Configure Digital Pen on Linux

There are many graphics designers, artists and game writers who would love to work on GNU/Linux but may find themselves helpless, because one of the most important devices that enables them to create artwork and illustrations—the digital pen—may or may not work on this operating system. Well, the problem arises because although vendors love to advertise the fact that their devices are compatible with Windows and Mac, they don’t mention anything about GNU/Linux even if it’s supported out of the box. So, the end-user in search of a digital pen has no clue.

I recently bought an iBall pen [WP8060]. I had checked the website and knew that it did not work on GNU/Linux. The only reason I went in for this pen was that iBall’s device was the only product available in Delhi at that point of time. Despite knowing that it did not work on GNU/Linux, I deliberately asked the shopkeeper if it did. He said, “No!” But he got the message that there are GNU/Linux users interested in using this pen. I replied, “Ah, it will work—everything works on GNU/Linux.”

So I got down to work and found that I might have some luck with this device after all. I must mention that the whole credit of this tutorial goes to the fine fellows who developed the drivers and other utility packages, and the bloggers who scribbled down the instructions to use these tools.

I work on Ubuntu 8.10, which will be the target platform for this tutorial. However, other distro users need not worry, as I’ll have to start off by compiling from source.

First off, download the latest Wizardpen driver source [wizardpen-0.7.0-alpha2.tar.gz—I have created a Tiny URL to make it easy for you. You can find the original location in the foot-note to this article.] Uncompress the package after you’re done with downloading:

$ tar -xzvf wizardpen-0.7.0-alpha2.tar.gz

The next step is to compile this source. However, to successfully do that, download and install the following additional packages:

  • xutils
  • libx11-dev
  • libxext-dev
  • build-essential
  • xautomation
  • xinput
  • xserver-xorg-dev

Time to compile the driver now. Change the directory to where you extracted the wizardpen driver–for example, if you’ve extracted it on the ~/Desktop:

$ cd /home/dragon/Desktop/wizardpen-0.7.0-alpha2/

Now, run the following command to compile the driver:

$ ./configure --with-xorg-module-dir=/usr/lib/xorg/modules
$  make && sudo make install

After this, to check whether things have installed successfully or not:

$ ls /usr/lib/xorg/modules/input/wizardpen_drv.*

The above command should give you the following output:

If you see these two lines, congratulations! Your drivers are now installed! However, you’re only half way through.

In order to configure your tablet, you will have to create a new .fdi file in the /etc/hal/fdi/policy directory. But before that we need to know the name of your Tablet pen as recognised by HAL. Plug your Tablet to your machine and then run:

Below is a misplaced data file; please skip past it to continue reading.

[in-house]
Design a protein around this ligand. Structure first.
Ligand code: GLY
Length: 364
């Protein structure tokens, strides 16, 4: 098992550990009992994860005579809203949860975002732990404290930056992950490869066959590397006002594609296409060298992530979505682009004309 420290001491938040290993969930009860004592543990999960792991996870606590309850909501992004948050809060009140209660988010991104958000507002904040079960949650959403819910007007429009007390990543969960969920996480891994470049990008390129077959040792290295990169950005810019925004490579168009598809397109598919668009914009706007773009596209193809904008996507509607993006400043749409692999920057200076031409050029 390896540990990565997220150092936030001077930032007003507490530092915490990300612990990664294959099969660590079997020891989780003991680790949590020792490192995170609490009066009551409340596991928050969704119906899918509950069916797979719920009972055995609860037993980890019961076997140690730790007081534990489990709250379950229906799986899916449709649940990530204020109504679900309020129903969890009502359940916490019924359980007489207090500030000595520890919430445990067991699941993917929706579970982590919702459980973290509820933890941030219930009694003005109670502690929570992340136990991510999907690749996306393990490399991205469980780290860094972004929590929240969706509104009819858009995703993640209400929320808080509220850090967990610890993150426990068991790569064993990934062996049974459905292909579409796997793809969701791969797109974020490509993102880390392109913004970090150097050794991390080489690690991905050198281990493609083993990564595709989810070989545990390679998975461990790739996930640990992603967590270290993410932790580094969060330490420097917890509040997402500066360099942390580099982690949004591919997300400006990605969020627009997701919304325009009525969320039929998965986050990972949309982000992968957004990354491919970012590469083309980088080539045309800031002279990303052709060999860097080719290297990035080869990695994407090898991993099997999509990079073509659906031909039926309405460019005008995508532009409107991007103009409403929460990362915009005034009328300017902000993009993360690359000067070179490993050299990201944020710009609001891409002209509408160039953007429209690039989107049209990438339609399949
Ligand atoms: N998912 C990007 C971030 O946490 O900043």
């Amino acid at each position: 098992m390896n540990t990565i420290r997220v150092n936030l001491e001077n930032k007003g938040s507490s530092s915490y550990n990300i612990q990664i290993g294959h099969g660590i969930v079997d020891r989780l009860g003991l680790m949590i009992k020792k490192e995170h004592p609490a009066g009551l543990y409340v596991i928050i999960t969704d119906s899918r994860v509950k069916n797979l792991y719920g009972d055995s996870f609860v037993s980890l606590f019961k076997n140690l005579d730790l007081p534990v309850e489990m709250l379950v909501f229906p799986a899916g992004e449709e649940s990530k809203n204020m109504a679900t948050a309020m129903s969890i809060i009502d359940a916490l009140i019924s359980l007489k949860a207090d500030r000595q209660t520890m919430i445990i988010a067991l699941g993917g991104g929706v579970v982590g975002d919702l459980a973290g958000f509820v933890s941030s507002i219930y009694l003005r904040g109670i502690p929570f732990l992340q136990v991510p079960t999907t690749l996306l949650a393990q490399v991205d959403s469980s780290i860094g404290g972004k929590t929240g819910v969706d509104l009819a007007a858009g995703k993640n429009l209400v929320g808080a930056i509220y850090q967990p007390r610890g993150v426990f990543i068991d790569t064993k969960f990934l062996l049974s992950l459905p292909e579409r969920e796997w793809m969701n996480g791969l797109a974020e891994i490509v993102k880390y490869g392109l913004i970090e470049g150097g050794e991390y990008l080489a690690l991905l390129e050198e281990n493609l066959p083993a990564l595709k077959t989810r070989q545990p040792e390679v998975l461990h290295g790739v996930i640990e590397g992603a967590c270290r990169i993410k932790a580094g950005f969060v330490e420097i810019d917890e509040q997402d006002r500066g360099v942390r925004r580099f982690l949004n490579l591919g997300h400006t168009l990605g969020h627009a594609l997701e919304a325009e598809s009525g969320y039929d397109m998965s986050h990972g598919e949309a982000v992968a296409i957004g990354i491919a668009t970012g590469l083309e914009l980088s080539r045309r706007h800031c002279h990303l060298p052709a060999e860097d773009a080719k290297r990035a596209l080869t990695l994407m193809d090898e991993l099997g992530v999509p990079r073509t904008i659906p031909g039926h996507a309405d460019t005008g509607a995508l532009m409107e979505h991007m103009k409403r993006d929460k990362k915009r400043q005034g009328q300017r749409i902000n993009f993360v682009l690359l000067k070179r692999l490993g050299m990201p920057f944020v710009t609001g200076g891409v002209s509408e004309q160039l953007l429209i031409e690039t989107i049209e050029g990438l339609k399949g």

$ grep -i name /proc/bus/input/devices

This should give you an output like this:

N: Name="Macintosh mouse button emulation"
N: Name="AT Translated Set 2 keyboard"
N: Name="Power Button (FF)"
N: Name="Power Button (CM)"
N: Name="PC Speaker"
N: Name="ImPS/2 Generic Wheel Mouse"
N: Name="Tablet PF8060"

Note the last line—this is the name of your Tablet as recognised by the system.

You will now have to create a policy directory for this. Create a file called /etc/hal/fdi/policy/99-x11-wizardpen.fdi with the following content:

<?xml version="1.0" encoding="ISO-8859-1" ?>
<deviceinfo version=”0.2”>
<!-- Tablet PF8060 -->
<match key="info.product" contains="Tablet PF8060">
<merge key="input.x11_driver" type="string">wizardpen</merge>
<merge key="input.x11_options.SendCoreEvents" type="string">true</merge>
<merge key="input.x11_options.TopX" type="string">5619</merge>
<merge key="input.x11_options.TopY" type="string">6554</merge>
<merge key="input.x11_options.BottomX" type="string">29405</merge>
<merge key="input.x11_options.BottomY" type="string">29671</merge>
<merge key="input.x11_options.MaxX" type="string">29405</merge>
<merge key="input.x11_options.MaxY" type="string">29671</merge>

Make sure you replace “Tablet PF8060″ in line numbers 4 and 5 above with the name of your own tablet.

Time to reboot your system. When you’re back, your GNU/Linux will recognise your Tablet and you should be able to use it with The GIMP to create illustrations—or just use it as a mouse.

I used to sketch a lot in the old days, and the combination of GNU/Linux and GIMP, along with this brand-new Tablet, has brought back the memories and the passion to draw. So, excuse me, as I’ve got to sketch some stuff.

Warning: Things do break down at times.

Slideshow Image:

About Swapnil Bhartiya

A free software fund-a-mental-ist and Charles Bukowski fan, Swapnil also writes fiction and tries to find cracks in the paper armours of proprietary companies. Swapnil has been covering Linux and Free Software/Open Source since 2005.

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